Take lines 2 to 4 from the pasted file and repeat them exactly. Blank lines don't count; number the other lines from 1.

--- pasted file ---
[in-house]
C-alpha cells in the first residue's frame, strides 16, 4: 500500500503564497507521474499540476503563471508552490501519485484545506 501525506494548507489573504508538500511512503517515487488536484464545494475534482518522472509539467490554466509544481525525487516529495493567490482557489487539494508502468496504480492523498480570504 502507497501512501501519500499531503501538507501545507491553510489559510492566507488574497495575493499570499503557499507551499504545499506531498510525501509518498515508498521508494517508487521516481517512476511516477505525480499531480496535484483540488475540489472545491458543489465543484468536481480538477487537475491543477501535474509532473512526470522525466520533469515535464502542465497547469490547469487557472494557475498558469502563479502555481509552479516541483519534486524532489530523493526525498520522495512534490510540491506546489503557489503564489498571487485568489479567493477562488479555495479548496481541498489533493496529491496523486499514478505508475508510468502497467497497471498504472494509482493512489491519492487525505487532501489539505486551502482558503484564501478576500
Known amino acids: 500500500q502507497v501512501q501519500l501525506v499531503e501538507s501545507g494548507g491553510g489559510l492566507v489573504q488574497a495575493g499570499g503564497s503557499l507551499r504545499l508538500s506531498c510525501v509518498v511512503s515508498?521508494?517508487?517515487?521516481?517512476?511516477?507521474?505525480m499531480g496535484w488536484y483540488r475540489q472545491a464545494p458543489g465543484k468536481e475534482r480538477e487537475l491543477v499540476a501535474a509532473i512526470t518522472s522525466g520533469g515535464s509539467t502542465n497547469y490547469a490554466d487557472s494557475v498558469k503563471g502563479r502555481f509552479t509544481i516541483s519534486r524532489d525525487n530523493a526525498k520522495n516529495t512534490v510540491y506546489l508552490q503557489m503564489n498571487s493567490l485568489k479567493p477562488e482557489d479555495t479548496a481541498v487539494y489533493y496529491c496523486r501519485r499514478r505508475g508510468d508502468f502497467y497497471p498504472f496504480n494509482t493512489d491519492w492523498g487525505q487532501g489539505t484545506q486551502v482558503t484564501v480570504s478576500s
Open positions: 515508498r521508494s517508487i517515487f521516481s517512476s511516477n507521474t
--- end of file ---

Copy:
C-alpha cells in the first residue's frame, strides 16, 4: 500500500503564497507521474499540476503563471508552490501519485484545506 501525506494548507489573504508538500511512503517515487488536484464545494475534482518522472509539467490554466509544481525525487516529495493567490482557489487539494508502468496504480492523498480570504 502507497501512501501519500499531503501538507501545507491553510489559510492566507488574497495575493499570499503557499507551499504545499506531498510525501509518498515508498521508494517508487521516481517512476511516477505525480499531480496535484483540488475540489472545491458543489465543484468536481480538477487537475491543477501535474509532473512526470522525466520533469515535464502542465497547469490547469487557472494557475498558469502563479502555481509552479516541483519534486524532489530523493526525498520522495512534490510540491506546489503557489503564489498571487485568489479567493477562488479555495479548496481541498489533493496529491496523486499514478505508475508510468502497467497497471498504472494509482493512489491519492487525505487532501489539505486551502482558503484564501478576500
Known amino acids: 500500500q502507497v501512501q501519500l501525506v499531503e501538507s501545507g494548507g491553510g489559510l492566507v489573504q488574497a495575493g499570499g503564497s503557499l507551499r504545499l508538500s506531498c510525501v509518498v511512503s515508498?521508494?517508487?517515487?521516481?517512476?511516477?507521474?505525480m499531480g496535484w488536484y483540488r475540489q472545491a464545494p458543489g465543484k468536481e475534482r480538477e487537475l491543477v499540476a501535474a509532473i512526470t518522472s522525466g520533469g515535464s509539467t502542465n497547469y490547469a490554466d487557472s494557475v498558469k503563471g502563479r502555481f509552479t509544481i516541483s519534486r524532489d525525487n530523493a526525498k520522495n516529495t512534490v510540491y506546489l508552490q503557489m503564489n498571487s493567490l485568489k479567493p477562488e482557489d479555495t479548496a481541498v487539494y489533493y496529491c496523486r501519485r499514478r505508475g508510468d508502468f502497467y497497471p498504472f496504480n494509482t493512489d491519492w492523498g487525505q487532501g489539505t484545506q486551502v482558503t484564501v480570504s478576500s
Open positions: 515508498r521508494s517508487i517515487f521516481s517512476s511516477n507521474t